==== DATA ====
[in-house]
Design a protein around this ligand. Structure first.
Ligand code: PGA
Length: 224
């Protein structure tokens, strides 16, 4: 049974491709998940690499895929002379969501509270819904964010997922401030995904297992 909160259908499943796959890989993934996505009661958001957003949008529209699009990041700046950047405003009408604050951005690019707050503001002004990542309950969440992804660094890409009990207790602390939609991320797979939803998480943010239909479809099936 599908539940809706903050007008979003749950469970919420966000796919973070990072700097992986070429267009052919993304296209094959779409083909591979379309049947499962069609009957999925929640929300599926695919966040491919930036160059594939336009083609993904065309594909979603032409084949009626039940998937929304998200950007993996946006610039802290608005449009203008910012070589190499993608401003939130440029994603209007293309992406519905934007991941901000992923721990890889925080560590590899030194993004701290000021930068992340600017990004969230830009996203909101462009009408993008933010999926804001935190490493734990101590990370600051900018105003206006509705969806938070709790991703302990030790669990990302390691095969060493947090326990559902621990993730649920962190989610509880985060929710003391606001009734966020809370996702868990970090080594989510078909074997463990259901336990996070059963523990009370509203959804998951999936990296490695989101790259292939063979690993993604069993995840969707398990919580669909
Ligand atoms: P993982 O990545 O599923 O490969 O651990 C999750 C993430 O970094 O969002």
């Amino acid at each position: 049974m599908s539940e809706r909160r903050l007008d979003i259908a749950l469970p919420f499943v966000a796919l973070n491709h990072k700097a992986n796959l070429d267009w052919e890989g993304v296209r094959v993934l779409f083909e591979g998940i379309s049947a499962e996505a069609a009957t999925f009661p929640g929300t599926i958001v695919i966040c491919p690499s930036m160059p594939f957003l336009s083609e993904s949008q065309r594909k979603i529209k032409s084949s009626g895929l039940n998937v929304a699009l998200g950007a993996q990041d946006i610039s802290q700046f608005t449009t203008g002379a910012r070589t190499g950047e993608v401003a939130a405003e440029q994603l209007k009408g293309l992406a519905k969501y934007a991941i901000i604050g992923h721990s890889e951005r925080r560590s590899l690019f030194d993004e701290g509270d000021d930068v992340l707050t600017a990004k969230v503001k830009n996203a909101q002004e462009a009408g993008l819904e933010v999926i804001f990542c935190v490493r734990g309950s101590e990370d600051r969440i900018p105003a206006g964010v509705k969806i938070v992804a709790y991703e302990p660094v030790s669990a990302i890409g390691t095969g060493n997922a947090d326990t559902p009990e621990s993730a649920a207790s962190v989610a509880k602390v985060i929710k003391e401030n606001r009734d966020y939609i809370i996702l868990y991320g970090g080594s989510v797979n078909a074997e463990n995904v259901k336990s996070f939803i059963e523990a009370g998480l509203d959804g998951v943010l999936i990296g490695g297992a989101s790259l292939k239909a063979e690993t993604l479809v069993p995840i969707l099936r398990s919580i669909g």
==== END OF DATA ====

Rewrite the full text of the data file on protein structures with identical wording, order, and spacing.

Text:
[in-house]
Design a protein around this ligand. Structure first.
Ligand code: PGA
Length: 224
């Protein structure tokens, strides 16, 4: 049974491709998940690499895929002379969501509270819904964010997922401030995904297992 909160259908499943796959890989993934996505009661958001957003949008529209699009990041700046950047405003009408604050951005690019707050503001002004990542309950969440992804660094890409009990207790602390939609991320797979939803998480943010239909479809099936 599908539940809706903050007008979003749950469970919420966000796919973070990072700097992986070429267009052919993304296209094959779409083909591979379309049947499962069609009957999925929640929300599926695919966040491919930036160059594939336009083609993904065309594909979603032409084949009626039940998937929304998200950007993996946006610039802290608005449009203008910012070589190499993608401003939130440029994603209007293309992406519905934007991941901000992923721990890889925080560590590899030194993004701290000021930068992340600017990004969230830009996203909101462009009408993008933010999926804001935190490493734990101590990370600051900018105003206006509705969806938070709790991703302990030790669990990302390691095969060493947090326990559902621990993730649920962190989610509880985060929710003391606001009734966020809370996702868990970090080594989510078909074997463990259901336990996070059963523990009370509203959804998951999936990296490695989101790259292939063979690993993604069993995840969707398990919580669909
Ligand atoms: P993982 O990545 O599923 O490969 O651990 C999750 C993430 O970094 O969002």
């Amino acid at each position: 049974m599908s539940e809706r909160r903050l007008d979003i259908a749950l469970p919420f499943v966000a796919l973070n491709h990072k700097a992986n796959l070429d267009w052919e890989g993304v296209r094959v993934l779409f083909e591979g998940i379309s049947a499962e996505a069609a009957t999925f009661p929640g929300t599926i958001v695919i966040c491919p690499s930036m160059p594939f957003l336009s083609e993904s949008q065309r594909k979603i529209k032409s084949s009626g895929l039940n998937v929304a699009l998200g950007a993996q990041d946006i610039s802290q700046f608005t449009t203008g002379a910012r070589t190499g950047e993608v401003a939130a405003e440029q994603l209007k009408g293309l992406a519905k969501y934007a991941i901000i604050g992923h721990s890889e951005r925080r560590s590899l690019f030194d993004e701290g509270d000021d930068v992340l707050t600017a990004k969230v503001k830009n996203a909101q002004e462009a009408g993008l819904e933010v999926i804001f990542c935190v490493r734990g309950s101590e990370d600051r969440i900018p105003a206006g964010v509705k969806i938070v992804a709790y991703e302990p660094v030790s669990a990302i890409g390691t095969g060493n997922a947090d326990t559902p009990e621990s993730a649920a207790s962190v989610a509880k602390v985060i929710k003391e401030n606001r009734d966020y939609i809370i996702l868990y991320g970090g080594s989510v797979n078909a074997e463990n995904v259901k336990s996070f939803i059963e523990a009370g998480l509203d959804g998951v943010l999936i990296g490695g297992a989101s790259l292939k239909a063979e690993t993604l479809v069993p995840i969707l099936r398990s919580i669909g």